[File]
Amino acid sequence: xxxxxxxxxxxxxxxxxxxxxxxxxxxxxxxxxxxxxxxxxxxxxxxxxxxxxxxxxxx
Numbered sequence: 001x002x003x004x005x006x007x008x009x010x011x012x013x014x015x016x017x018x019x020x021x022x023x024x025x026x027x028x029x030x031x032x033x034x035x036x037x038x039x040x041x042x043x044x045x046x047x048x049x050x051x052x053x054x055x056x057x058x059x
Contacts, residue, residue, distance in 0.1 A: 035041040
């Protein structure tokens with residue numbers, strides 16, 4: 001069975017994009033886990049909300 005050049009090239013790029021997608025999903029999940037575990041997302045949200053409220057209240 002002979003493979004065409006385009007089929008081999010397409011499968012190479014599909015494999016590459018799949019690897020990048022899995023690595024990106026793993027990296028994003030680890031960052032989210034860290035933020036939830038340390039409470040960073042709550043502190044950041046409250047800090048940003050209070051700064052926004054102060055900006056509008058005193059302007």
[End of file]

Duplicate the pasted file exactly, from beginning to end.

Amino acid sequence: xxxxxxxxxxxxxxxxxxxxxxxxxxxxxxxxxxxxxxxxxxxxxxxxxxxxxxxxxxx
Numbered sequence: 001x002x003x004x005x006x007x008x009x010x011x012x013x014x015x016x017x018x019x020x021x022x023x024x025x026x027x028x029x030x031x032x033x034x035x036x037x038x039x040x041x042x043x044x045x046x047x048x049x050x051x052x053x054x055x056x057x058x059x
Contacts, residue, residue, distance in 0.1 A: 035041040
């Protein structure tokens with residue numbers, strides 16, 4: 001069975017994009033886990049909300 005050049009090239013790029021997608025999903029999940037575990041997302045949200053409220057209240 002002979003493979004065409006385009007089929008081999010397409011499968012190479014599909015494999016590459018799949019690897020990048022899995023690595024990106026793993027990296028994003030680890031960052032989210034860290035933020036939830038340390039409470040960073042709550043502190044950041046409250047800090048940003050209070051700064052926004054102060055900006056509008058005193059302007």